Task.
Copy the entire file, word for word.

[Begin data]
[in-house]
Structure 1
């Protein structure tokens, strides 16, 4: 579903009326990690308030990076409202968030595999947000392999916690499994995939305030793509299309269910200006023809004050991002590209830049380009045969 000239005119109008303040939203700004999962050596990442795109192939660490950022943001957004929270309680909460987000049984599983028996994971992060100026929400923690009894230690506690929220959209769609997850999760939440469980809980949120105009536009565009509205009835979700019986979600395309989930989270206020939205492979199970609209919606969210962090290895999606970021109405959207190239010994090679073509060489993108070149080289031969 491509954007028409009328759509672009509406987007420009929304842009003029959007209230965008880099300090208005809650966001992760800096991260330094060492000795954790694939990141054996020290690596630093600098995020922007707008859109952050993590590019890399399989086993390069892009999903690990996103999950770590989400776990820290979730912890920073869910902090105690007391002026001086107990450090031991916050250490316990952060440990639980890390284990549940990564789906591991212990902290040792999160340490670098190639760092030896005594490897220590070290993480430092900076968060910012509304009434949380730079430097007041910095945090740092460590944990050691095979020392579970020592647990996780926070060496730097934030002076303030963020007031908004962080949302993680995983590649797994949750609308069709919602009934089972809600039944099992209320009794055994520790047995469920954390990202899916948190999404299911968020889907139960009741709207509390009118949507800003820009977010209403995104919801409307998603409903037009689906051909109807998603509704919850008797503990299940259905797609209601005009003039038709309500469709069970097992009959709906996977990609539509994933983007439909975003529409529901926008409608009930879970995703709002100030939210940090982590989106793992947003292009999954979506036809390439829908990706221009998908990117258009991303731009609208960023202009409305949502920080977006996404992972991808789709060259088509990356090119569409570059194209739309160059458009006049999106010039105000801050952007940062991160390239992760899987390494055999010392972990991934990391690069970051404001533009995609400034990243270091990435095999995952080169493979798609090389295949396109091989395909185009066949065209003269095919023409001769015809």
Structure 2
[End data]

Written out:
[in-house]
Structure 1
């Protein structure tokens, strides 16, 4: 579903009326990690308030990076409202968030595999947000392999916690499994995939305030793509299309269910200006023809004050991002590209830049380009045969 000239005119109008303040939203700004999962050596990442795109192939660490950022943001957004929270309680909460987000049984599983028996994971992060100026929400923690009894230690506690929220959209769609997850999760939440469980809980949120105009536009565009509205009835979700019986979600395309989930989270206020939205492979199970609209919606969210962090290895999606970021109405959207190239010994090679073509060489993108070149080289031969 491509954007028409009328759509672009509406987007420009929304842009003029959007209230965008880099300090208005809650966001992760800096991260330094060492000795954790694939990141054996020290690596630093600098995020922007707008859109952050993590590019890399399989086993390069892009999903690990996103999950770590989400776990820290979730912890920073869910902090105690007391002026001086107990450090031991916050250490316990952060440990639980890390284990549940990564789906591991212990902290040792999160340490670098190639760092030896005594490897220590070290993480430092900076968060910012509304009434949380730079430097007041910095945090740092460590944990050691095979020392579970020592647990996780926070060496730097934030002076303030963020007031908004962080949302993680995983590649797994949750609308069709919602009934089972809600039944099992209320009794055994520790047995469920954390990202899916948190999404299911968020889907139960009741709207509390009118949507800003820009977010209403995104919801409307998603409903037009689906051909109807998603509704919850008797503990299940259905797609209601005009003039038709309500469709069970097992009959709906996977990609539509994933983007439909975003529409529901926008409608009930879970995703709002100030939210940090982590989106793992947003292009999954979506036809390439829908990706221009998908990117258009991303731009609208960023202009409305949502920080977006996404992972991808789709060259088509990356090119569409570059194209739309160059458009006049999106010039105000801050952007940062991160390239992760899987390494055999010392972990991934990391690069970051404001533009995609400034990243270091990435095999995952080169493979798609090389295949396109091989395909185009066949065209003269095919023409001769015809």
Structure 2